Reach-In Refrigerators and Freezers



Reach-in refrigerators and freezers are a must within a commercial kitchen. Designed for back of the house functions, the reach-in is the workhorse that you will rely on to hold food at safe temperatures before it is ready for preparation.

At Central, there are hundreds of reach-in models available, each with different features and specifications. It can be quite overwhelming, so we have created this buying guide to help you learn about what features are important, so you can make the best buying decision for your business


A reach-in refrigerator is a commercial refrigerator designed for the storage of food and ingredients for preparation. It is the most frequently used refrigeration unit in the foodservice industry due to its versatility, reasonable cost, size, and storage efficiency.

Construction Material

The construction quality of a reach-in ranges from economy models to premium (often called “Spec Series” or “Spec-Line”), with a variety of models in-between. What does that mean? Typically, it refers to the amount of stainless steel used in the product. Stainless steel is resilient and more resistant to rusting and wear than aluminum, which is much weaker and not as scratch-resistant. Top-of-the-line reach-ins will use a heavy gauge stainless steel both inside and out on the unit. The drawback to that is cost. Pricing increases the more stainless steel is used. For economy and mid-priced reach-ins, you’ll see a combination of stainless steel and aluminum used. A lot of the time, you’ll see a stainless steel exterior and an aluminum interior. This will save you money in the short term but may not have the long-term durability that an all-stainless model would provide.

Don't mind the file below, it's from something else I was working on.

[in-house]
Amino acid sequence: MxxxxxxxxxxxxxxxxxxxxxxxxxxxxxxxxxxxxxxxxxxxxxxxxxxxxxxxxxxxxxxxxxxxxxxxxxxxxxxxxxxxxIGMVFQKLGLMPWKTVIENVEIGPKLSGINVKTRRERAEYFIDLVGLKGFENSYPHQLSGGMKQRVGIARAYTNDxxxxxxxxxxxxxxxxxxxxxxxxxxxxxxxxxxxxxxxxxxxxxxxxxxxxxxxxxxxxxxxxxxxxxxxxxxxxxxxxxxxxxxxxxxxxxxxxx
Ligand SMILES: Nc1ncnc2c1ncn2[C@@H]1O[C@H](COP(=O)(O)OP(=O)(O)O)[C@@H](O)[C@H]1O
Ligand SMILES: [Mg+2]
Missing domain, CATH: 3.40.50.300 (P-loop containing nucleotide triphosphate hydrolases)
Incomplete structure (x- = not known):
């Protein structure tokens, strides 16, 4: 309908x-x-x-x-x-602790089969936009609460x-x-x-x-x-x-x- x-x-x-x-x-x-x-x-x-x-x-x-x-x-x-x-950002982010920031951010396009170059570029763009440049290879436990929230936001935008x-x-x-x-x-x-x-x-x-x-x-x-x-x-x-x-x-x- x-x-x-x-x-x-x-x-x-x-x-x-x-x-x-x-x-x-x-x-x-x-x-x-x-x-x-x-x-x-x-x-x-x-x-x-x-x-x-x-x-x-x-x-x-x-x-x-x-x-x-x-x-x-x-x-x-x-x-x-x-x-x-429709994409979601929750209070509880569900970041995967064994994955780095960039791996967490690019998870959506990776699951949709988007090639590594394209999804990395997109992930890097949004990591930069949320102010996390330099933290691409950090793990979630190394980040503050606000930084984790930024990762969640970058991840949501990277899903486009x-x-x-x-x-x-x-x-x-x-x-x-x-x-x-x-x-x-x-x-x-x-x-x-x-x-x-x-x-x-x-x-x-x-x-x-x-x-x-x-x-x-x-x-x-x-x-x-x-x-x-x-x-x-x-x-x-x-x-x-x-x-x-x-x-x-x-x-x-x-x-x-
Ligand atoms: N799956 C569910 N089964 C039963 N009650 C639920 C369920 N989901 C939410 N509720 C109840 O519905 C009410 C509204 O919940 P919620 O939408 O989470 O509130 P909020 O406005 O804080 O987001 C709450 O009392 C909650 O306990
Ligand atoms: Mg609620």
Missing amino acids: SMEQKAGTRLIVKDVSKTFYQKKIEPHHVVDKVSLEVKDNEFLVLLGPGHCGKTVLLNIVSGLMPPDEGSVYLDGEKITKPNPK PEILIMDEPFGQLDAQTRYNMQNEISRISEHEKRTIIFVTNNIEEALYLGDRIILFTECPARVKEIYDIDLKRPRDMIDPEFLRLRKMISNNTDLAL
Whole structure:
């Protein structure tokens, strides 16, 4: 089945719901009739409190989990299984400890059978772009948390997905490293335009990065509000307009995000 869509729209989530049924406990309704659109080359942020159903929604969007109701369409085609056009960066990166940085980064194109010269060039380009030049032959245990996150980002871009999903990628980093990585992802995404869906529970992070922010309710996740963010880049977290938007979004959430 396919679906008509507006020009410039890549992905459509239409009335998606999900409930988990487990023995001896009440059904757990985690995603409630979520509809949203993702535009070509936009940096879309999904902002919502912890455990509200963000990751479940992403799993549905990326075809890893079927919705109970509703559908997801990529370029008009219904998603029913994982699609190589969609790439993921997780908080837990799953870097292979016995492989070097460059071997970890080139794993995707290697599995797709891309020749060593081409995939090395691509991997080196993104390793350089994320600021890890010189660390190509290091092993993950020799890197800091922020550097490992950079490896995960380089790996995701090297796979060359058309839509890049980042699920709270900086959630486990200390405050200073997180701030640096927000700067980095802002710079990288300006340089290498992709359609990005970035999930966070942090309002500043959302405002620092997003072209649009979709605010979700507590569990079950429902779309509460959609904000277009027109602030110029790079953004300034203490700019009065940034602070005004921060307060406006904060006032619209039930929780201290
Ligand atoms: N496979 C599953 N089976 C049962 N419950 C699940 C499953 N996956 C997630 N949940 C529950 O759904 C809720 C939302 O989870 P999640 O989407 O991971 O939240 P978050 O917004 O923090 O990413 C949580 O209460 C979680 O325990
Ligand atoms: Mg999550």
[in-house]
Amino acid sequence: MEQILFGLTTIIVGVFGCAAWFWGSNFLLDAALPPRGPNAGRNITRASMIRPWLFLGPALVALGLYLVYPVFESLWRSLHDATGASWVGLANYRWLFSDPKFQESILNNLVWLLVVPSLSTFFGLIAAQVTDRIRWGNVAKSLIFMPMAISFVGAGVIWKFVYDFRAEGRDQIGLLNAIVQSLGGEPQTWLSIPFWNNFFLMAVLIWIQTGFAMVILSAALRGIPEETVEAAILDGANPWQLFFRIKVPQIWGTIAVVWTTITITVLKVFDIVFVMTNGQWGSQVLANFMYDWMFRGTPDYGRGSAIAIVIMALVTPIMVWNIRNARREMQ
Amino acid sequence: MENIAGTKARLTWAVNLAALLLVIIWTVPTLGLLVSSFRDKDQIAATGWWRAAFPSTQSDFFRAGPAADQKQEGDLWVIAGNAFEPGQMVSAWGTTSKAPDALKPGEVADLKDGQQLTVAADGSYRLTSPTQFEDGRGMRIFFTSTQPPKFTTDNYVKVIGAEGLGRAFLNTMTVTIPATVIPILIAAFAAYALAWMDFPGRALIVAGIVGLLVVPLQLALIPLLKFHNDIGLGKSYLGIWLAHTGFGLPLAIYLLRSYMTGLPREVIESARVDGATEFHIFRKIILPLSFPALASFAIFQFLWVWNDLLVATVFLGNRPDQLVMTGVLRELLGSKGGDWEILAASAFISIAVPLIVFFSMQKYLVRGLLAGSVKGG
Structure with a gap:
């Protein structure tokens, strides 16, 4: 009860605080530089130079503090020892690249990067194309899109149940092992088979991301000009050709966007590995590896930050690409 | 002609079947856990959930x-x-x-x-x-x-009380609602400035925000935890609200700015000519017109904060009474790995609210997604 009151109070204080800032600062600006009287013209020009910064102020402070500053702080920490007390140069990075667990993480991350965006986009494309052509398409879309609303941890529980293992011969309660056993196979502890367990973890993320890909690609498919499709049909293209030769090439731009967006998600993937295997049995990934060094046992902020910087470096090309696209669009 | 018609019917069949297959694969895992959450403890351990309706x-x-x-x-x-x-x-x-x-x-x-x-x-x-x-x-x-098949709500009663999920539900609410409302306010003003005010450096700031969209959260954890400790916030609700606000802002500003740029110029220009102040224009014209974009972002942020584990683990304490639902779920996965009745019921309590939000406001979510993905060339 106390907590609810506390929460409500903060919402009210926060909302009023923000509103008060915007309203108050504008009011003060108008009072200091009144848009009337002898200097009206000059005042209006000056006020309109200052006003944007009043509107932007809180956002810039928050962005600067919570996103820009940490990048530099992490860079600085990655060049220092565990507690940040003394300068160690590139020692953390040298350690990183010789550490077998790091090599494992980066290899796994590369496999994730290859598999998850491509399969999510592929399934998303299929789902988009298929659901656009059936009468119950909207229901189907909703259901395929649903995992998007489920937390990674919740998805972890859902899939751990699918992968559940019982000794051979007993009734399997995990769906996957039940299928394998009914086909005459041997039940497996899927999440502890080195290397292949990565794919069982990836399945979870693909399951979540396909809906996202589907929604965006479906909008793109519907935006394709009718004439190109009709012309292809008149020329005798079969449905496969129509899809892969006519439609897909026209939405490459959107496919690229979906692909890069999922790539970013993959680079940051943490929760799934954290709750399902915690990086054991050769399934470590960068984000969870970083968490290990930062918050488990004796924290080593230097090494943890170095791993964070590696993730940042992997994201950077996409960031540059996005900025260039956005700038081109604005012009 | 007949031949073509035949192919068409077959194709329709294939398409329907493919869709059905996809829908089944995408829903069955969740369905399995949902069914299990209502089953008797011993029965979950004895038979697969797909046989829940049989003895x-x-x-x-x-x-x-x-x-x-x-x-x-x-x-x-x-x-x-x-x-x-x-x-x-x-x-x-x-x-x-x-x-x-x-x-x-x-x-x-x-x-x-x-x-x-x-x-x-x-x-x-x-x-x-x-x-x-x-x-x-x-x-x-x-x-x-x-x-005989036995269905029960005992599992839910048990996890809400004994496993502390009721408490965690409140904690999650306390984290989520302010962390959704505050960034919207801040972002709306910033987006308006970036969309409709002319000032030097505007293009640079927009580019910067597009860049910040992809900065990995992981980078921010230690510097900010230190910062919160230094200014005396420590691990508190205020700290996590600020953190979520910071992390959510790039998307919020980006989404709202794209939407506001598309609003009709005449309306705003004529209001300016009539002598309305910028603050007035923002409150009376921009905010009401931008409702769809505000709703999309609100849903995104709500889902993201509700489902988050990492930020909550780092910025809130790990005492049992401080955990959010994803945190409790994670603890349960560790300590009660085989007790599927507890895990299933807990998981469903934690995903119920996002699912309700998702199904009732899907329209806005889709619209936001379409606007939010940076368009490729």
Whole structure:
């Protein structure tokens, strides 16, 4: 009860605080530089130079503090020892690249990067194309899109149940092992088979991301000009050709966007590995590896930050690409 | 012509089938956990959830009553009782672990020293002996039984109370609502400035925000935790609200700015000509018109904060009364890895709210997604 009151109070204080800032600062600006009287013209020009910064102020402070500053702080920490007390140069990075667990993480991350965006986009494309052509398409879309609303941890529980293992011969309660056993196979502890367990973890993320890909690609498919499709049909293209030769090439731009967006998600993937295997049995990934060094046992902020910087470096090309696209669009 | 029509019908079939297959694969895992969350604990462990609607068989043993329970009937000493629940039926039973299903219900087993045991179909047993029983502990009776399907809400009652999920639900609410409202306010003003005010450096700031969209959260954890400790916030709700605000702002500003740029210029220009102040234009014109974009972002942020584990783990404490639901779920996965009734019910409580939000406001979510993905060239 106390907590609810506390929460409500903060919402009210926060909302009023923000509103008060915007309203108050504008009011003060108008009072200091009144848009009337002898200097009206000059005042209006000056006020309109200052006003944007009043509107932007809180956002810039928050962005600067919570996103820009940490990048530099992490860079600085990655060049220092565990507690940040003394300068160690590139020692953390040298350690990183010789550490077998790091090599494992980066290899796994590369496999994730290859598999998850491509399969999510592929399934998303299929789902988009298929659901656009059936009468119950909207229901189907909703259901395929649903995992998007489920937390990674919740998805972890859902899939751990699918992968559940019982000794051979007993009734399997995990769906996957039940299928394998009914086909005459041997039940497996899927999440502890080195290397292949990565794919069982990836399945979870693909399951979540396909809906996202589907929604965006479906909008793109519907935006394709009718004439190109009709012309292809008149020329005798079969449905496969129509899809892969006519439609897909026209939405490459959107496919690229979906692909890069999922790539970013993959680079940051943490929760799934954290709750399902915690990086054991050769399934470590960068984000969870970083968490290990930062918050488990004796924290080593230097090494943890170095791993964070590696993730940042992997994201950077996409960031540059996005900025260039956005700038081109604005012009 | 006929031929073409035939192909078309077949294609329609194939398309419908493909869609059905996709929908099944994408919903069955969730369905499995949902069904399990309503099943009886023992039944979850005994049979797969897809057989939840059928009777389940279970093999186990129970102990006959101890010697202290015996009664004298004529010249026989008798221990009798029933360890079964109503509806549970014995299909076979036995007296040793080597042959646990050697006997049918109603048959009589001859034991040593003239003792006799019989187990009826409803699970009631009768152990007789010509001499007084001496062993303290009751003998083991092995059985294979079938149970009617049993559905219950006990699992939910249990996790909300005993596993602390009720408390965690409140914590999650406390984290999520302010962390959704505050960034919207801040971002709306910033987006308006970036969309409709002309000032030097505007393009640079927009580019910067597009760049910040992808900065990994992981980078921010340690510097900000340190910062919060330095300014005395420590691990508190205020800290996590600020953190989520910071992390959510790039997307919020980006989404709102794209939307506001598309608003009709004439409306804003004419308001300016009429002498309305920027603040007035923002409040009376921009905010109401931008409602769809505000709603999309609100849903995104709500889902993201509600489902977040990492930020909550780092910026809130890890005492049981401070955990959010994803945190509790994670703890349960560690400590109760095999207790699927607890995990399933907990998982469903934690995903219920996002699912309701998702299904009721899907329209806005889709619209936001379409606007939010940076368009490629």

Compressor Location

Reach-in refrigerators and freezers work by pulling in ambient air through their compressor to regulate the internal temperature of the unit. Compressors can be mounted on either the top of the unit, or on the bottom. There are pros and cons to both locations and are dependent on the environment that the reach-in is located.

turbo air reach-in refrigerator

Top Mounted Compressor

Because warm air rises higher than cool air, top mounted compressors are ideal in cooler environments, as pulling in warmer air means the compressor must work harder to regulate temperature. However, this also means that your kitchen will be kept cooler, as the warm air exhaust is at the top of the unit and above the work area. Top mounted compressors are positioned outside of the food zone, giving you full use of the interior refrigerated space. While they are less accessible for cleaning and service, overall, top mounted compressors require less service than bottom mounts, as they are less likely to get clogged from dust, flour, or grease from the floor.

true reach-in refrigerator

Bottom Mounted Compressor

Better for hot environments, reach-ins with bottom mounted compressors pull in cooler air from the floor, so the compressor doesn’t have to work as hard. Not having the compressor up top also means you can store boxes and miscellaneous items if needed on top of the unit. Bottom shelves are easier to reach in a bottom mounted reach-in. Cleaning your compressor is easier as well, since you won’t need a ladder to access it. If you have a bakery or an environment with a lot of dust or flour, you would be better off going with a top mounted unit, as a bottom mounted compressor can easily become clogged with particles from the floor, which reduces the efficiency of the unit if not cleaned regularly

The great thing about reach-in refrigerators and freezers is there are so many access and door types to fit your operation. The following section will break down the possible options and what their advantages are.

Door Material

Reach-ins are available in both solid door and glass door models. Solid door reach-in refrigerators are easier to clean than glass and offer better insulation. Glass door refrigerators are great when you need easy visual access to product. Being able to see the product before you open the door means less time holding the door open to find what you need, thus keeping your cold air in.